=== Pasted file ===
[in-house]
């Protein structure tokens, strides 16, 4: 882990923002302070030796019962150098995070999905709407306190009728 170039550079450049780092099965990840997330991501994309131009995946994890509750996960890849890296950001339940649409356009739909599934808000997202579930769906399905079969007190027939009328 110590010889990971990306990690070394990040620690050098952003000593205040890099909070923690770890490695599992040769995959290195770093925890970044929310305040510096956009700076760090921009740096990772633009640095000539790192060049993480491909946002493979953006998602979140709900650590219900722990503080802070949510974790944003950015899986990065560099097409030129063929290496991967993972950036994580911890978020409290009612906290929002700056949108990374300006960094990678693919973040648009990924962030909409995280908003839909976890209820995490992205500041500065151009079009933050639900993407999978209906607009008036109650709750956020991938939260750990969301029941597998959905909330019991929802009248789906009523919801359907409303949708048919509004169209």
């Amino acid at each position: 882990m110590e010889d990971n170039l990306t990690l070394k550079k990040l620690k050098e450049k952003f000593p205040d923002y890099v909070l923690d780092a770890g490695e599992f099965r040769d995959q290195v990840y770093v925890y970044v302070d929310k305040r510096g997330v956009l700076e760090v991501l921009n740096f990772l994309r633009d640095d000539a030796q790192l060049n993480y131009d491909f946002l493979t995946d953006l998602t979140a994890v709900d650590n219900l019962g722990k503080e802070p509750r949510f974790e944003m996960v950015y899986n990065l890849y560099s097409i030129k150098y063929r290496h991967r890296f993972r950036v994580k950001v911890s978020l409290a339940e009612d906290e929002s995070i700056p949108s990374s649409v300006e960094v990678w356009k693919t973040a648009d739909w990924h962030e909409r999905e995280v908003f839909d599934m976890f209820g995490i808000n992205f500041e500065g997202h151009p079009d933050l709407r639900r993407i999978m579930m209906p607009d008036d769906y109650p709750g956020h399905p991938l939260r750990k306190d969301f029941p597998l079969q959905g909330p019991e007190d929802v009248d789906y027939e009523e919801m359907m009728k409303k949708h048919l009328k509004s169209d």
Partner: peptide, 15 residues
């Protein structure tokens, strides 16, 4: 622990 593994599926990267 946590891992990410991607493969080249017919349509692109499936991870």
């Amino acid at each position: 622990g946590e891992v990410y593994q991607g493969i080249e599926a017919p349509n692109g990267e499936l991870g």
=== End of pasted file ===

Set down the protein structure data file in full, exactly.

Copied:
[in-house]
């Protein structure tokens, strides 16, 4: 882990923002302070030796019962150098995070999905709407306190009728 170039550079450049780092099965990840997330991501994309131009995946994890509750996960890849890296950001339940649409356009739909599934808000997202579930769906399905079969007190027939009328 110590010889990971990306990690070394990040620690050098952003000593205040890099909070923690770890490695599992040769995959290195770093925890970044929310305040510096956009700076760090921009740096990772633009640095000539790192060049993480491909946002493979953006998602979140709900650590219900722990503080802070949510974790944003950015899986990065560099097409030129063929290496991967993972950036994580911890978020409290009612906290929002700056949108990374300006960094990678693919973040648009990924962030909409995280908003839909976890209820995490992205500041500065151009079009933050639900993407999978209906607009008036109650709750956020991938939260750990969301029941597998959905909330019991929802009248789906009523919801359907409303949708048919509004169209």
């Amino acid at each position: 882990m110590e010889d990971n170039l990306t990690l070394k550079k990040l620690k050098e450049k952003f000593p205040d923002y890099v909070l923690d780092a770890g490695e599992f099965r040769d995959q290195v990840y770093v925890y970044v302070d929310k305040r510096g997330v956009l700076e760090v991501l921009n740096f990772l994309r633009d640095d000539a030796q790192l060049n993480y131009d491909f946002l493979t995946d953006l998602t979140a994890v709900d650590n219900l019962g722990k503080e802070p509750r949510f974790e944003m996960v950015y899986n990065l890849y560099s097409i030129k150098y063929r290496h991967r890296f993972r950036v994580k950001v911890s978020l409290a339940e009612d906290e929002s995070i700056p949108s990374s649409v300006e960094v990678w356009k693919t973040a648009d739909w990924h962030e909409r999905e995280v908003f839909d599934m976890f209820g995490i808000n992205f500041e500065g997202h151009p079009d933050l709407r639900r993407i999978m579930m209906p607009d008036d769906y109650p709750g956020h399905p991938l939260r750990k306190d969301f029941p597998l079969q959905g909330p019991e007190d929802v009248d789906y027939e009523e919801m359907m009728k409303k949708h048919l009328k509004s169209d």
Partner: peptide, 15 residues
């Protein structure tokens, strides 16, 4: 622990 593994599926990267 946590891992990410991607493969080249017919349509692109499936991870």
């Amino acid at each position: 622990g946590e891992v990410y593994q991607g493969i080249e599926a017919p349509n692109g990267e499936l991870g």